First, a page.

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ADMIN. Phone numbers for emergency: Country code is 976; city code is 11 Hotel- 976-11-313-380 CDR Wohlschlegel- Room 513 Mr. John Miller (cel)- 9911-0323 Mr. Bob Holub (cel)0 9909-1907. “The Basics”. Peace Operations. MPAT Workshop Module Series.

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Phone numbers for emergency:

Country code is 976; city code is 11

Hotel- 976-11-313-380

CDR Wohlschlegel- Room 513

Mr. John Miller (cel)- 9911-0323

Mr. Bob Holub (cel)0 9909-1907

the basics

“The Basics”

Peace Operations

MPAT Workshop Module Series

peace operations

Elements of National & International Power will be used – not just one dimension:

  • Diplomatic
    • Economic
      • Information
        • Military
          • Psycho-Social
Peace Operations

“There are no standard Peace Operations”

JP 3-07.3

peace operations challenges
Peace Operations Challenges
  • Each Peace Operation will have its own unique situational setting
    • Unique political factors
    • Unique diplomatic characteristics
    • Unique geographical, cultural, language, and security characteristics
who executes peace operations
Who Executes Peace Operations?
  • United Nations (UN) – 2 Types
    • UN Sanctioned/Authorized operations (Regional Organizational Led (Combined) or Multinational Led (Coalition – Lead Nation concept)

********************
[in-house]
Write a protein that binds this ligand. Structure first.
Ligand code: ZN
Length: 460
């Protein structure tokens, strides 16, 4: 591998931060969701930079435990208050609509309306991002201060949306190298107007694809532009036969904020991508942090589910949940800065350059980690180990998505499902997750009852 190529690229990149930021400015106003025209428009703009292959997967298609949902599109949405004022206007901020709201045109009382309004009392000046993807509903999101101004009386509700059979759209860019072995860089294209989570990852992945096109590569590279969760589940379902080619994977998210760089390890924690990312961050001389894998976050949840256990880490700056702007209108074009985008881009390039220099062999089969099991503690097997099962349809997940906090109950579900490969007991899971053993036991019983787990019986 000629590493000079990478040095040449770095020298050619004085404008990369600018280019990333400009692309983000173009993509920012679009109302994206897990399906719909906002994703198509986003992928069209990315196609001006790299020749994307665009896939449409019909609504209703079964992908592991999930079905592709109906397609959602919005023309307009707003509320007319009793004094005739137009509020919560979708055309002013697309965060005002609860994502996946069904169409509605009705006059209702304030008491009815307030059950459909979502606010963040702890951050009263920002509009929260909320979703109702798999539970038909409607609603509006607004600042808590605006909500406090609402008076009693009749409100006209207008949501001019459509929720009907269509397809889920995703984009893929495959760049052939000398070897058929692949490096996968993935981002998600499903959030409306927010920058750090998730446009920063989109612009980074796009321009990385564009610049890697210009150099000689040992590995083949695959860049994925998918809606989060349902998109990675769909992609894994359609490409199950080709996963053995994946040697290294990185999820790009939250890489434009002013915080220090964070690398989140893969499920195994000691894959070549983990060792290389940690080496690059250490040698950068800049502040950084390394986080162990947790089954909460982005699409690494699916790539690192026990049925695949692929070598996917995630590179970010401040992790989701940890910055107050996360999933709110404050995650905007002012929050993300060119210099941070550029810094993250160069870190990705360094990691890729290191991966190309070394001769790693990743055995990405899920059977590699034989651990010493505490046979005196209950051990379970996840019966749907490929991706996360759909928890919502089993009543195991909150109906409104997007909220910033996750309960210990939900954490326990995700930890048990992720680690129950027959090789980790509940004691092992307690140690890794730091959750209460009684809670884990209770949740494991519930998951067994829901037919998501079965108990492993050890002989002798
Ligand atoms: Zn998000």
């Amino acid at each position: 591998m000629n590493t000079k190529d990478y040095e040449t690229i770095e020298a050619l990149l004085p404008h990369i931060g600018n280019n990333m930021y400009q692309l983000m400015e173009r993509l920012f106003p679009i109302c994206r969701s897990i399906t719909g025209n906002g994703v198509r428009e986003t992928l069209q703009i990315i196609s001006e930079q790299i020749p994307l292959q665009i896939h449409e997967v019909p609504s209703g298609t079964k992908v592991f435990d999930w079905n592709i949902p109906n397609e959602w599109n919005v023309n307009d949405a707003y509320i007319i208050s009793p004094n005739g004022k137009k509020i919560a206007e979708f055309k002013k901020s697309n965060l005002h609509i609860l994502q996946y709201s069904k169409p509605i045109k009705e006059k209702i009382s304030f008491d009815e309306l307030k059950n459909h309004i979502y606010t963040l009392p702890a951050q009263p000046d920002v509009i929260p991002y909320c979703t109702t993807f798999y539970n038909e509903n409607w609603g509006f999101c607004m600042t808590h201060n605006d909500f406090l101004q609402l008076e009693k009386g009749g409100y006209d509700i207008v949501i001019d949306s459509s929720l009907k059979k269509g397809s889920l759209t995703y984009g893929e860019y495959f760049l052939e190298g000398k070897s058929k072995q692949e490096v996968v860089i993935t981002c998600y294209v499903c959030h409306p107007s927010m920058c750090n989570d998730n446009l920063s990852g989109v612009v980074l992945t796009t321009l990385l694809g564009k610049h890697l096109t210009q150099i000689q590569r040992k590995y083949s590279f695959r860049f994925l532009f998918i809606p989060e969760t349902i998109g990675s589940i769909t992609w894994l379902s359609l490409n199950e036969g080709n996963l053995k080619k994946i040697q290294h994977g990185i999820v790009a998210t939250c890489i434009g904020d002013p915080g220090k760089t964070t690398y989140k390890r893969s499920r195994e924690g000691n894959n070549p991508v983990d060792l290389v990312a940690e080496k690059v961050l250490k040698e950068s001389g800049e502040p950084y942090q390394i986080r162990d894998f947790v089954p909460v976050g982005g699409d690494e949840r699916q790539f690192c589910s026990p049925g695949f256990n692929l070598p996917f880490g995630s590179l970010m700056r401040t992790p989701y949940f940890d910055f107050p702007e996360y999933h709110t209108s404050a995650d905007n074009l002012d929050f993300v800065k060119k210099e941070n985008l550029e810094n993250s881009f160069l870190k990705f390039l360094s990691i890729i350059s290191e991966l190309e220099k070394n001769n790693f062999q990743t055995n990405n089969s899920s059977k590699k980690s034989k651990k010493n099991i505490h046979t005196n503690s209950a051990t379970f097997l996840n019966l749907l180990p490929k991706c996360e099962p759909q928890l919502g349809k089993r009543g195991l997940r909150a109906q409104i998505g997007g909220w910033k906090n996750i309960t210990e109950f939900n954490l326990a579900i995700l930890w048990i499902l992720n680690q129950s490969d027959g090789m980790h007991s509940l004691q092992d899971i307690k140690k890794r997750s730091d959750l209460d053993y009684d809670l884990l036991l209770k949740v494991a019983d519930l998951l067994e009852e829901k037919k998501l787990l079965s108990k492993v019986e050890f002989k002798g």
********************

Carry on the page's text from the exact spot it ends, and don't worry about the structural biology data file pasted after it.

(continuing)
• UN Sponsored/Mandated operation (UN Chain of Command – UN led)
  • Regional Organization (Combined) Led (NATO, OAU, etc.)
    • Non-UN Alliance / Treaty based
  • Multinational Organization (Coalition) Led
    • Lead Nation Concept (Non-UN)
    • Multinational Crisis Action Planning Ops
    • Ad-hoc based on emerging crisis / No regional framework is present to address crisis

Note: There are significant differences in the Command Relationships, Control, and Coordination Processes for the above PO options – see Module 4

broad categories of peace operations

Broad Categories of Peace Operations

Peacekeeping Operations (PKO)

Peace Enforcement Operations (PEO)

  • Note –Terminology Differences: Many variations in terminology.
  • UN commonly refers to Peace Operations as Peacekeeping and also uses the term Peace Support Operations (PSO) at times.
  • NATO uses the term PSO.
  • Other nations use variations of terminology (based upon political and operational implications / factors).
  • The MNF SOP will use the overarching term of Peace Operations with two broad categories of operations as outlined above for clarity in mission planning.
peacekeeping operations pko
Peacekeeping Operations (PKO)

Purpose: Designed to monitor and facilitate implementation of an agreement (cease fire, truce, and other related agreements) and support diplomatic efforts to reach a long-term political settlement.

Key Factor: Undertaken with consent of all majorparties to a dispute.

peace enforcement operations peo
Peace Enforcement Operations (PEO)

Purpose: Use of necessary means up to and including military force to compel compliance with resolutions or sanctions designed to establish security, peace and order.